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STASINUS 100.00%

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A Greek epic poet. (See EPOS.)
 
AREITHOUS 100.00%

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A Greek epic poet. See EPOS.
 
LAEVIUS 65.49%

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A Roman epic and lyric poet. (See EPOS and LYRIC POETRY.)
 
ELEGY 15.42%
The general term in Greek for any poem written in the elegiac metre, a combination of the dactylic hexameter and pentameter in a couplet. The word elegos is probably not Greek, but borrowed from the Lydians, and means a plaintive melody accompanied by the flute. How it happened that the word was applied to elegiac poetry, the earliest representatives of which by no means confined it to mournful subjects, is doubtful. It may be that the term was only chosen in reference to the musical setting, the elegy having originally been accompanied by the flute. Like the epos, the elegy was a production of the Ionians of Asia Minor. Its dialect was the same as that of the epos, and its metre only a variation of the epic metre, the pentameter being no more than an abbreviation of the hexameter. The elegy marks the first transition from the epic to lyric proper. The earliest representatives of the elegy, Callinus of Ephesus (about 700 B.C.), and Tyrtaeus of Aphidnae in Attica (about 600), gave it a decidedly warlike and political direction, and so did Solon (640-559) in his earlier poems, though his later elegies have mostly a contemplative character. The elegies of Theognis of Megara (about 540), though gnomic and erotic, are essentially political. The first typical representative of the erotic elegy was Mimnermus of Colophon, an elder contemporary of Solon. The elegy of mourning or sorrow was brought to perfection by Simonides of Ceos (died B.C. 469). After him the emotional element predominated. Antimachus of Colophon (about 400) gave the elegy a learned tinge, and was thus the prototype of the elegiac poets of Alexandria, Phanocles, Philetas of Cos, Hermesianax of Colophon, and Callimachus of Cyrene, the master of them all The subject of the Alexandrian elegy is sometimes the passion of love, with its pains and pleasures, treated through the medium of images and similes taken from mythology, sometimes learned narrative of fable and history, from which personal emotion is absent. This type of elegy, with its learned and obscure maimer, was taken up and imitated at Rome towards the end of the Republic. The Romans soon easily surpassed their Greek masters both in warmth and sincerity of feeling and in finish of style. The elegies of Catullus are among their arliest attempts; but in the Augustan age, in the hands of Cornellus Gallus, Propertius, Tibullus, and Ovid, the elegiac style was entirely appropriated by Latin literature. Ovid in his Fasti showed how a learned subject could be treated in this metre. From his time onward the elegiac metre was constantly employed. In the later literature it was used, like the epic metre, for every possible subject, as, for instance, by Rutilius Namatianus in the description of his return from Rome to France (A.D. 416). In the 6th century A.D. the poet Maximianus, born in Etruria at the beginning of the 6th century, is a late instance of a genuine elegiac poet.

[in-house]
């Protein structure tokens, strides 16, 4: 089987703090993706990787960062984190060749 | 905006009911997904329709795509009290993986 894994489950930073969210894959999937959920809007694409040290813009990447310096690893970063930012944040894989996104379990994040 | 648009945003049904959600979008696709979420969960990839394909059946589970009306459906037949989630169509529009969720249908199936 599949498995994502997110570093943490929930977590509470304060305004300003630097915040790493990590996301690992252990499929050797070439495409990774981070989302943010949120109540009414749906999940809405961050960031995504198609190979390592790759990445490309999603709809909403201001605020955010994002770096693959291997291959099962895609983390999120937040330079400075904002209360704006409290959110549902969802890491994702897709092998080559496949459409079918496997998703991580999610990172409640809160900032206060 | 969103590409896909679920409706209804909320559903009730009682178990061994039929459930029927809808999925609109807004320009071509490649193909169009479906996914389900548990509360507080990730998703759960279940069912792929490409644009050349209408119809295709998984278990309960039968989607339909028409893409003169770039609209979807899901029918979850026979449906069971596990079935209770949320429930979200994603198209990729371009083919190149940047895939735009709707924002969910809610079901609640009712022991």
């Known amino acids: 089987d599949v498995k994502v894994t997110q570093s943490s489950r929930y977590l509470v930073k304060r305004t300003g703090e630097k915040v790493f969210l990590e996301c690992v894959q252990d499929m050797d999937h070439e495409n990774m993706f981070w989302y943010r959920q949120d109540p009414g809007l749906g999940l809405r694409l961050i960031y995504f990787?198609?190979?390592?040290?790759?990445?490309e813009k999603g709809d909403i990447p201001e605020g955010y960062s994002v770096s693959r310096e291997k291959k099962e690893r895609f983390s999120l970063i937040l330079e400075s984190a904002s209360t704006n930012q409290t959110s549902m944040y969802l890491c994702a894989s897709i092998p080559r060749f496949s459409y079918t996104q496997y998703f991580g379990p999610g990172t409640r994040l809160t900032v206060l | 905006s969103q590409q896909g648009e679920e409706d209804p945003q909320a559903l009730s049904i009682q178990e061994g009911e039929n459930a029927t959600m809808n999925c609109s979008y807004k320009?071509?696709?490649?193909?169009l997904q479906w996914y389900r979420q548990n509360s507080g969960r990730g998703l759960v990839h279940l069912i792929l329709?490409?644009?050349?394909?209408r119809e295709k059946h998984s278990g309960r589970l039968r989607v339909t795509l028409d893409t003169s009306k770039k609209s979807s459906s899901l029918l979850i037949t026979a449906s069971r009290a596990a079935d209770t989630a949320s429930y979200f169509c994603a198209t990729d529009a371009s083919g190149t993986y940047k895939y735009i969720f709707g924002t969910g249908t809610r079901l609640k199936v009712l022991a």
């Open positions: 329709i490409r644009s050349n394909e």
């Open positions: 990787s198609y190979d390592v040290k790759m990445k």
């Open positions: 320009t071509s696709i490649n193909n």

TOREUTIC ART 2.24%
 
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